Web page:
Double Dip #2
When I saw in the intro for this book that it had been 8 years since the last issue, my first thought was simple. Did I review the first issue 8 years ago? Yep, I sure did! OK, so did I like it? Yes again! OK, so what do I remember about it? Um… not much. Hey, you try remembering every comic you’ve ever read when you write at least a few reviews a week (and five a week for several years). Anyway, one thing I mentioned in the last review was that I had no idea how to follow Dale’s Watusi story, as he referenced several things that were clearly part of a past series. Well, this time around he uses footnotes to explain exactly when the past action happened, so at least it’s a mystery that can be solved now. The man has 39 issues of his Watusi series out (not to mention his other comics), so it’s easy to see why things get hard to keep track of. His story picks up directly from #1 and deals with the shape shifting creature, how he got here, what he did on previous trips to visit, and a demonstration of his skills. Next issue we get his full origin, so here’s hoping it’s not another 8 years before that happens. There’s also Tom’s story, which is a self-contained story about a boy who invents his own curse word to avoid getting into trouble. Throw in a giant robot that’s out to destroy the world and things end up coming together quite nicely. It’s a measly $2, give it a shot you cheapskates!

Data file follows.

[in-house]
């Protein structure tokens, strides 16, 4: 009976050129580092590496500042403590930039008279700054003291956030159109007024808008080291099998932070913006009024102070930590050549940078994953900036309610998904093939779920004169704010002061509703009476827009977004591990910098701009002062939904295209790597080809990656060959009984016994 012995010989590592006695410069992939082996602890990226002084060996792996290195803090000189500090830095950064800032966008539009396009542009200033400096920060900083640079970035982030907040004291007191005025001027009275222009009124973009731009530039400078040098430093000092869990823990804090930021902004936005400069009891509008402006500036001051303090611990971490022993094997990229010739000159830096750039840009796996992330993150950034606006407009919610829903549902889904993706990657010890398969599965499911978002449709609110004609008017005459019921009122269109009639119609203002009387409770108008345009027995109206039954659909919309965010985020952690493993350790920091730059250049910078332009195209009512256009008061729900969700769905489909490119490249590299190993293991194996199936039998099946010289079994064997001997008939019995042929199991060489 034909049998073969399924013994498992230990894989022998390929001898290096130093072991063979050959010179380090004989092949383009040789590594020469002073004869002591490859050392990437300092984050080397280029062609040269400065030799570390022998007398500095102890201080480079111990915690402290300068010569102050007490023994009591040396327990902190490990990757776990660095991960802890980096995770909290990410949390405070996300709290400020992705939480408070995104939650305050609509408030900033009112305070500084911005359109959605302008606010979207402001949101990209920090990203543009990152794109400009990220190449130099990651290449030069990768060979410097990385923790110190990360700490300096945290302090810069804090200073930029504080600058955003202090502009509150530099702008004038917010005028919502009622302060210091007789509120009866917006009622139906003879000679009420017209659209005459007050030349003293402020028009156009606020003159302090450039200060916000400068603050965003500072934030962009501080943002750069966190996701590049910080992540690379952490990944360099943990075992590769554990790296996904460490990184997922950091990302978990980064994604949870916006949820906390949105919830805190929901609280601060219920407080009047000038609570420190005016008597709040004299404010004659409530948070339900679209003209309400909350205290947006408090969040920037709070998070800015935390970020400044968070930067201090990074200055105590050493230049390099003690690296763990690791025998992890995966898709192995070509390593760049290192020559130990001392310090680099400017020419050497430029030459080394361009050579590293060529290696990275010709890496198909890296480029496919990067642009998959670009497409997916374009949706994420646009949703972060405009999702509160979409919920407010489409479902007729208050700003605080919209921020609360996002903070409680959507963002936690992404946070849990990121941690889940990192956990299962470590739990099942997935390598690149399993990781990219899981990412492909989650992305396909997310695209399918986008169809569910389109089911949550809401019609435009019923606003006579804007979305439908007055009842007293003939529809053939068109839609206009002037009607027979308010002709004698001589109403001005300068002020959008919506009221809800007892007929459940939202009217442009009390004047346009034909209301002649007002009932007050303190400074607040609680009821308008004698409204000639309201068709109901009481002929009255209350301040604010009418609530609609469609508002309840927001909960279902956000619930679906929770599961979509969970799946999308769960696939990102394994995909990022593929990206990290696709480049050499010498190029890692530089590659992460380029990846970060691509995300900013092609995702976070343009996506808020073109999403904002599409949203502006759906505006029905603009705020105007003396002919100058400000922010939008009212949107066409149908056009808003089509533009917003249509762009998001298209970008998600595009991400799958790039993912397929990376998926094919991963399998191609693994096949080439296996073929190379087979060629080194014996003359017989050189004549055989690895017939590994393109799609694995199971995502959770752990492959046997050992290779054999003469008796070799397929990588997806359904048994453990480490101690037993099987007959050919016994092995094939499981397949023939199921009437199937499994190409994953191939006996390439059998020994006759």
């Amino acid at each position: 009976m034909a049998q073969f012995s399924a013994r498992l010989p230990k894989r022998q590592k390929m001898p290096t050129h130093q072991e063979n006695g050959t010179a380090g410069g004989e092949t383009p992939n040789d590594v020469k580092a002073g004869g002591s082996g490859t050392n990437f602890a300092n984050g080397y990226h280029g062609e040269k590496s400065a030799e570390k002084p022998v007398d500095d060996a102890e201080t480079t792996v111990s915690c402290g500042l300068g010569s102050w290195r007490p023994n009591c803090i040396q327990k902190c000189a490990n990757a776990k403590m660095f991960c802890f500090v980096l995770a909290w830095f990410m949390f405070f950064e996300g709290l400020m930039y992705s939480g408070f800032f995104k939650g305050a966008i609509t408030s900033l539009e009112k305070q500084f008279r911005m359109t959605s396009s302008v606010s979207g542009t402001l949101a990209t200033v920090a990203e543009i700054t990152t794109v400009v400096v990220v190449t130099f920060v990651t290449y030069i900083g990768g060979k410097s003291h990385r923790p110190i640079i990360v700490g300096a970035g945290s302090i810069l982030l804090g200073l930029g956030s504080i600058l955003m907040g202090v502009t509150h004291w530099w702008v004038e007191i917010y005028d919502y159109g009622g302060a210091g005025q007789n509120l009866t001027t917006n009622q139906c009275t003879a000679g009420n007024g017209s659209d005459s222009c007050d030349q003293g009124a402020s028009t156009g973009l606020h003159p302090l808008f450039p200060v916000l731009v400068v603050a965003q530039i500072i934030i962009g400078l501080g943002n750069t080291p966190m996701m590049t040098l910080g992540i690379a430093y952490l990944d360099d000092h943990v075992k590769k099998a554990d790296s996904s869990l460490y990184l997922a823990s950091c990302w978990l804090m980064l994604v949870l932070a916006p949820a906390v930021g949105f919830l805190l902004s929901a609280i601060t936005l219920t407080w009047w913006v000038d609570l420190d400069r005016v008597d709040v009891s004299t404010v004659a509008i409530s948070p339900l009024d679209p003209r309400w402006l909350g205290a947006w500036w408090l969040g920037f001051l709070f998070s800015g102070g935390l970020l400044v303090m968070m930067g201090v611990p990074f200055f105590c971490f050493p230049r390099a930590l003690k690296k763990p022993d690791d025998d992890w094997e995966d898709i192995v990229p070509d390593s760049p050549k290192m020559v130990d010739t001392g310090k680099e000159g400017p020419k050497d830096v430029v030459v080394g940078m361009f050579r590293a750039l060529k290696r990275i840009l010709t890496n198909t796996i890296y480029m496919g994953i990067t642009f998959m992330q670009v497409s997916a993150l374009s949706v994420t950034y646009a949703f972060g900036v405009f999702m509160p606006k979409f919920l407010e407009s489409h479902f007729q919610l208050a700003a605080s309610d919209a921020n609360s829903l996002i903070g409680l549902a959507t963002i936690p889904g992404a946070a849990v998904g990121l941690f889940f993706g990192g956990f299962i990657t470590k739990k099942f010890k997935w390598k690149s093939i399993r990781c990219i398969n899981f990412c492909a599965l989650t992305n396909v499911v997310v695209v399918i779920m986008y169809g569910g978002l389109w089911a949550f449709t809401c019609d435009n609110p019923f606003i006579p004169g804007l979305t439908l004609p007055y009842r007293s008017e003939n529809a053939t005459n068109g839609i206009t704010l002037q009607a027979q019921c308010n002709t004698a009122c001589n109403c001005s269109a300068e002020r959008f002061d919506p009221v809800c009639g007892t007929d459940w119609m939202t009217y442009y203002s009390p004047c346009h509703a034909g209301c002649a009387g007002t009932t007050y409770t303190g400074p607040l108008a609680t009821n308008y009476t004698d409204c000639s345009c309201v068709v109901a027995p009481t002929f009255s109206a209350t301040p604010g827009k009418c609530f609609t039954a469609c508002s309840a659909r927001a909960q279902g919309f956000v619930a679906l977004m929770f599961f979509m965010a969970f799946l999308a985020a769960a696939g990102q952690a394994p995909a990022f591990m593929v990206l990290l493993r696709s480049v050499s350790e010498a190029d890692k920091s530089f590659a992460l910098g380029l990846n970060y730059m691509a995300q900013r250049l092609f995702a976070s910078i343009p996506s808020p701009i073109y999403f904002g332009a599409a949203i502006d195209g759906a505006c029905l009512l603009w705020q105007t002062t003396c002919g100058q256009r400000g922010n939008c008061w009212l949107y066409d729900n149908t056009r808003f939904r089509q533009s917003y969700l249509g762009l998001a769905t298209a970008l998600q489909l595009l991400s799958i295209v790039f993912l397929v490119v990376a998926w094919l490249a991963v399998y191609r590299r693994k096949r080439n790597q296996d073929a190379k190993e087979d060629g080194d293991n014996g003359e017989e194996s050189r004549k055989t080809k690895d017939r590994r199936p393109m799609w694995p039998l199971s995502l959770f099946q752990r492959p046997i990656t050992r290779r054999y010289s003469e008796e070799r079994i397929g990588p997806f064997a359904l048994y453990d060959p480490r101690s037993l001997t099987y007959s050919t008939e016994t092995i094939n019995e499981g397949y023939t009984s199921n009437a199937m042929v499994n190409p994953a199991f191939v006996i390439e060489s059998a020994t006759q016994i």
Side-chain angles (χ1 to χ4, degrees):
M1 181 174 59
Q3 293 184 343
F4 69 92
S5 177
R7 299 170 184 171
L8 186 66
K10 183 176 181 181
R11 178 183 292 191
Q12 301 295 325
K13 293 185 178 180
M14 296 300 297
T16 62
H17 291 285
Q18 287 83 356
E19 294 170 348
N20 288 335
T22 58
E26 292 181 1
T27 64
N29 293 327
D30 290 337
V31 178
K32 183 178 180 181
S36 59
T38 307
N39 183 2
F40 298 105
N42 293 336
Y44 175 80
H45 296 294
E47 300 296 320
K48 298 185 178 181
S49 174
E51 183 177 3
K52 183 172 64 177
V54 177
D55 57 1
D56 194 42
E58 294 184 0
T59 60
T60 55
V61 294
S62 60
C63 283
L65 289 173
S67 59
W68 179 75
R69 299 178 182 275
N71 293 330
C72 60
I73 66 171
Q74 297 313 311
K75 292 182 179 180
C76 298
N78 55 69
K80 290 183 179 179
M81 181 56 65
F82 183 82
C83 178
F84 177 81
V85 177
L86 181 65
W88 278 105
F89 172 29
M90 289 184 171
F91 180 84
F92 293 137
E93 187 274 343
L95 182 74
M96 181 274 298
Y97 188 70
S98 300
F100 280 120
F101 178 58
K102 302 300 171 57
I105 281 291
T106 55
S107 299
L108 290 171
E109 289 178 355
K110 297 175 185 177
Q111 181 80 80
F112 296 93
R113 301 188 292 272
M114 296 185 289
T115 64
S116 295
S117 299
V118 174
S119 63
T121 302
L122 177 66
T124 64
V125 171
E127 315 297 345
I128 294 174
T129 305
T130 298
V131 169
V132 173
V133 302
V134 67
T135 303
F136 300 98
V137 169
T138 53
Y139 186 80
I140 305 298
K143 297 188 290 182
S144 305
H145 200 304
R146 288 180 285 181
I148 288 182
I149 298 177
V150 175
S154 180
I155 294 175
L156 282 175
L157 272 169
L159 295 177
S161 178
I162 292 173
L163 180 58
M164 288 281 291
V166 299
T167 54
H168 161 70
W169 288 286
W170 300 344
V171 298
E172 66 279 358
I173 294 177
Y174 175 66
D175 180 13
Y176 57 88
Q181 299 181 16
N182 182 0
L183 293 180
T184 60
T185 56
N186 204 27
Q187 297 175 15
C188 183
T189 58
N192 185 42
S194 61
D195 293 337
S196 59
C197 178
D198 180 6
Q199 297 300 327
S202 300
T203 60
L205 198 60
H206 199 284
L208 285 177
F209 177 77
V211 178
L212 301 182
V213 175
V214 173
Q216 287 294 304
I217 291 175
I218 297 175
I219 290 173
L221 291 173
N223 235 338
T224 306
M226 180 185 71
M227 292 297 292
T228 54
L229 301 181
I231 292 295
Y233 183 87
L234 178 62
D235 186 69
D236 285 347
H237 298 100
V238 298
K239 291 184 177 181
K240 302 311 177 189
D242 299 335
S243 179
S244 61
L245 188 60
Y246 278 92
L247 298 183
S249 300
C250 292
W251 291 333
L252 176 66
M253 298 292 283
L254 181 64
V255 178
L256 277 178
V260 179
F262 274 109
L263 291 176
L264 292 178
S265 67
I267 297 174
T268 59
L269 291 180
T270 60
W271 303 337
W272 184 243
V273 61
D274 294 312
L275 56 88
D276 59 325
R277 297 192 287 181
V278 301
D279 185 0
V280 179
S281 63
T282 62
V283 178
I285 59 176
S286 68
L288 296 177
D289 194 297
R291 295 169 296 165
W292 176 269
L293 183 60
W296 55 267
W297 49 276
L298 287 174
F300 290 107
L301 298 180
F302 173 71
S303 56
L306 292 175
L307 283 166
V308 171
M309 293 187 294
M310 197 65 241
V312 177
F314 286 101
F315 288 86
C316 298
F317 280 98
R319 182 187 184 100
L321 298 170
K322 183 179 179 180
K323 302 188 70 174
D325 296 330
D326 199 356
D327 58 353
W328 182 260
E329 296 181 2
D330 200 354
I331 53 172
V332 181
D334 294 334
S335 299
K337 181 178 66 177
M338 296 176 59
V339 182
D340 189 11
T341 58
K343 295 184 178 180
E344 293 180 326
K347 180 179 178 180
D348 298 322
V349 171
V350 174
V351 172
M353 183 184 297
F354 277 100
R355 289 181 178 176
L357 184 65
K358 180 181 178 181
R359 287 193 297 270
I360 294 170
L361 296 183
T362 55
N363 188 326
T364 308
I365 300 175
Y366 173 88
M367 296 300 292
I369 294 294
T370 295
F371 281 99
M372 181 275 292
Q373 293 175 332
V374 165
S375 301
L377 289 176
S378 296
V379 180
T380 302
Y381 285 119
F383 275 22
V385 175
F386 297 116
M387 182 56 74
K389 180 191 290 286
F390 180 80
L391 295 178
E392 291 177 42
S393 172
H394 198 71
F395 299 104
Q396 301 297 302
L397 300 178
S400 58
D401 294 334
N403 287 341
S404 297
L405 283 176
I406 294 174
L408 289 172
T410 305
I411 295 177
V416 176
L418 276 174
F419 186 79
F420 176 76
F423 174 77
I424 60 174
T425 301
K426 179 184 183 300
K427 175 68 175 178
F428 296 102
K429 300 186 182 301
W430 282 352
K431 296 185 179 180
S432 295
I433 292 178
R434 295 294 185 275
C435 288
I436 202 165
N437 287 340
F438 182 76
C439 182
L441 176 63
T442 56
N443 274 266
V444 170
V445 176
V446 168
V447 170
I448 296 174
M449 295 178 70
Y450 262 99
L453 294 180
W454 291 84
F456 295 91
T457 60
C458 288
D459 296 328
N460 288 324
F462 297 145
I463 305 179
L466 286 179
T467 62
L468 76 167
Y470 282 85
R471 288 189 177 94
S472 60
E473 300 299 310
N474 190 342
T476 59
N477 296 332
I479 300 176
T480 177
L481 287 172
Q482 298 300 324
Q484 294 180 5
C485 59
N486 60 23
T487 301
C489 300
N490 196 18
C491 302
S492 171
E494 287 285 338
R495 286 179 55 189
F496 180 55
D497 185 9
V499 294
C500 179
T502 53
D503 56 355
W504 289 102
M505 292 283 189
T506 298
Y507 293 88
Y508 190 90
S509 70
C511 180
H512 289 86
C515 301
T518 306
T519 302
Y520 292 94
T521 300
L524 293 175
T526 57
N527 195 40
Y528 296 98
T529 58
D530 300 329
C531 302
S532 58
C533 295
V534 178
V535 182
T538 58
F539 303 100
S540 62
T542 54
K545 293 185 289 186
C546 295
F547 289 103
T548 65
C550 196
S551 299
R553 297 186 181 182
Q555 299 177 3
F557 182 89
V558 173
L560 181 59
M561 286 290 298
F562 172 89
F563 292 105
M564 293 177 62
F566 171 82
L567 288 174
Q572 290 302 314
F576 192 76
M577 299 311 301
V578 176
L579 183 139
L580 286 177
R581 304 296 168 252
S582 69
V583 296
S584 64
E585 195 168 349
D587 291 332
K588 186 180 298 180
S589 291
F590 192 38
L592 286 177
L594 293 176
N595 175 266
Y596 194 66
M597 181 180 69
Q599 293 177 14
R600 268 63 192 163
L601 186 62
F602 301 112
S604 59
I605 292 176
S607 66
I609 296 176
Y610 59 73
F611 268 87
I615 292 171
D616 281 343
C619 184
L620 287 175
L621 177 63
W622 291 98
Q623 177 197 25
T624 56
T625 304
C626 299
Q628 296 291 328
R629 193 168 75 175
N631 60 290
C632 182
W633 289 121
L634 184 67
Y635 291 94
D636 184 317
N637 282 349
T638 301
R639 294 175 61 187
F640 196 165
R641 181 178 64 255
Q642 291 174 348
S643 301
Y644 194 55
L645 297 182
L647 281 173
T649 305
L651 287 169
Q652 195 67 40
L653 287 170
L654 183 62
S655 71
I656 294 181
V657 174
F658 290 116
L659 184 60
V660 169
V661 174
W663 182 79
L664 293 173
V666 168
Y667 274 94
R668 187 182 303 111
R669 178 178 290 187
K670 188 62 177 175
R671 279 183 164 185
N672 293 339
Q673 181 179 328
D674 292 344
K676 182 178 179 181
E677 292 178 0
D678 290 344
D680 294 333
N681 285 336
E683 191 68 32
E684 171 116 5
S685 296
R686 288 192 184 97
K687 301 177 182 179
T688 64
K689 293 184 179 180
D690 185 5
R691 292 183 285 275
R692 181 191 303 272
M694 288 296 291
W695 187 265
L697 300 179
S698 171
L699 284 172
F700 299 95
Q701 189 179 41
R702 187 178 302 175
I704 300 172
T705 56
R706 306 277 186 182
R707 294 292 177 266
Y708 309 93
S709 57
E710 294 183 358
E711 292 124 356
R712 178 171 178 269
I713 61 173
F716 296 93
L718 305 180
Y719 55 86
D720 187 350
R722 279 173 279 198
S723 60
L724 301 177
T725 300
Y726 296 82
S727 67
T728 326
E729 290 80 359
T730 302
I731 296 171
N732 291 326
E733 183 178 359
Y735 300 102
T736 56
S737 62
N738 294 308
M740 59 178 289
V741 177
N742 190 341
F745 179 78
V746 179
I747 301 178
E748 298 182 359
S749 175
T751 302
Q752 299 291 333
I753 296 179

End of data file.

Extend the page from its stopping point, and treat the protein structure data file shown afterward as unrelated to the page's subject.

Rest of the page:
Website (for Tom Cherry, can’t find one for Keith)
Samurai Slate in Punch Drunk or Bowl Me Over
So what exactly is your tolerance level for word puns? If it’s your favorite thing in the world, boy howdy do I ever have a comic for you! If you can barely stand them, you might want to save yourself some time and move on to the next review. Keith wrote these stories, all either one or two pages, and they all feature a comedic theme based on a specific type of wordplay. The strip I sampled (where the story works in using every day of the week) is the clearest example of it, but other stories in here use puns based on books, punctuation, cows, India, chess and minerals. If your eyes naturally roll to the back of your head every time you/read hear a pun, this book might just kill you. If not, there are some genuinely funny bits here and there, and just seeing how they manage to work all these words into each story can be interesting. So… get this with your eyes wide open. I doubt there will be much middle ground for an opinion here, but you might just love it. No price listed, but I’m guessing it’s a buck or two…
Double Dip #1